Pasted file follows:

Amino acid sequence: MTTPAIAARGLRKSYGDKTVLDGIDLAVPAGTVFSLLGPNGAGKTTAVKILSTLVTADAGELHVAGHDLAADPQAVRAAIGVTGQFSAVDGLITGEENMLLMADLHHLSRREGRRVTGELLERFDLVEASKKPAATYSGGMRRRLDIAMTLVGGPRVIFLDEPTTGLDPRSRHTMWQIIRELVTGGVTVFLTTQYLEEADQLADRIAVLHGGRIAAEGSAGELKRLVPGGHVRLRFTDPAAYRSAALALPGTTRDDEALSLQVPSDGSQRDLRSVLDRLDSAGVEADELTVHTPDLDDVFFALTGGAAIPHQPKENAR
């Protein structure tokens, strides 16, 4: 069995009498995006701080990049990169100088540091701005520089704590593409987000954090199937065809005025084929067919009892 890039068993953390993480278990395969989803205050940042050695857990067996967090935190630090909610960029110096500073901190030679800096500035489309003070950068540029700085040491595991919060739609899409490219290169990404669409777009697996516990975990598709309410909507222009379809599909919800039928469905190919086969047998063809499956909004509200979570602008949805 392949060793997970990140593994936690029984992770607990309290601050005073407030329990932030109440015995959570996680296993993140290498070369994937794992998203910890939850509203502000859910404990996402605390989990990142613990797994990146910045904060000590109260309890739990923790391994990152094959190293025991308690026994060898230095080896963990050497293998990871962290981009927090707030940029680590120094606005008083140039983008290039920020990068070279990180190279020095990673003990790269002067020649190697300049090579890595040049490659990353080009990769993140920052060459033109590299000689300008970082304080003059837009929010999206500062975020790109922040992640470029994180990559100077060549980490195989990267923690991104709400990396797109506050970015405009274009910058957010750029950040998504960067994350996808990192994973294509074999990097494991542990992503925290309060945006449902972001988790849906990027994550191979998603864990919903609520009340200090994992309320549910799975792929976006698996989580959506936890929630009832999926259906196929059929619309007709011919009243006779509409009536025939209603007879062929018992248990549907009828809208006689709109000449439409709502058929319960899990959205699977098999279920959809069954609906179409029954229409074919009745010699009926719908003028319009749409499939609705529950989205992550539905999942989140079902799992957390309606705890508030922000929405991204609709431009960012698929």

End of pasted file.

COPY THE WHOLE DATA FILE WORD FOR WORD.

Amino acid sequence: MTTPAIAARGLRKSYGDKTVLDGIDLAVPAGTVFSLLGPNGAGKTTAVKILSTLVTADAGELHVAGHDLAADPQAVRAAIGVTGQFSAVDGLITGEENMLLMADLHHLSRREGRRVTGELLERFDLVEASKKPAATYSGGMRRRLDIAMTLVGGPRVIFLDEPTTGLDPRSRHTMWQIIRELVTGGVTVFLTTQYLEEADQLADRIAVLHGGRIAAEGSAGELKRLVPGGHVRLRFTDPAAYRSAALALPGTTRDDEALSLQVPSDGSQRDLRSVLDRLDSAGVEADELTVHTPDLDDVFFALTGGAAIPHQPKENAR
């Protein structure tokens, strides 16, 4: 069995009498995006701080990049990169100088540091701005520089704590593409987000954090199937065809005025084929067919009892 890039068993953390993480278990395969989803205050940042050695857990067996967090935190630090909610960029110096500073901190030679800096500035489309003070950068540029700085040491595991919060739609899409490219290169990404669409777009697996516990975990598709309410909507222009379809599909919800039928469905190919086969047998063809499956909004509200979570602008949805 392949060793997970990140593994936690029984992770607990309290601050005073407030329990932030109440015995959570996680296993993140290498070369994937794992998203910890939850509203502000859910404990996402605390989990990142613990797994990146910045904060000590109260309890739990923790391994990152094959190293025991308690026994060898230095080896963990050497293998990871962290981009927090707030940029680590120094606005008083140039983008290039920020990068070279990180190279020095990673003990790269002067020649190697300049090579890595040049490659990353080009990769993140920052060459033109590299000689300008970082304080003059837009929010999206500062975020790109922040992640470029994180990559100077060549980490195989990267923690991104709400990396797109506050970015405009274009910058957010750029950040998504960067994350996808990192994973294509074999990097494991542990992503925290309060945006449902972001988790849906990027994550191979998603864990919903609520009340200090994992309320549910799975792929976006698996989580959506936890929630009832999926259906196929059929619309007709011919009243006779509409009536025939209603007879062929018992248990549907009828809208006689709109000449439409709502058929319960899990959205699977098999279920959809069954609906179409029954229409074919009745010699009926719908003028319009749409499939609705529950989205992550539905999942989140079902799992957390309606705890508030922000929405991204609709431009960012698929």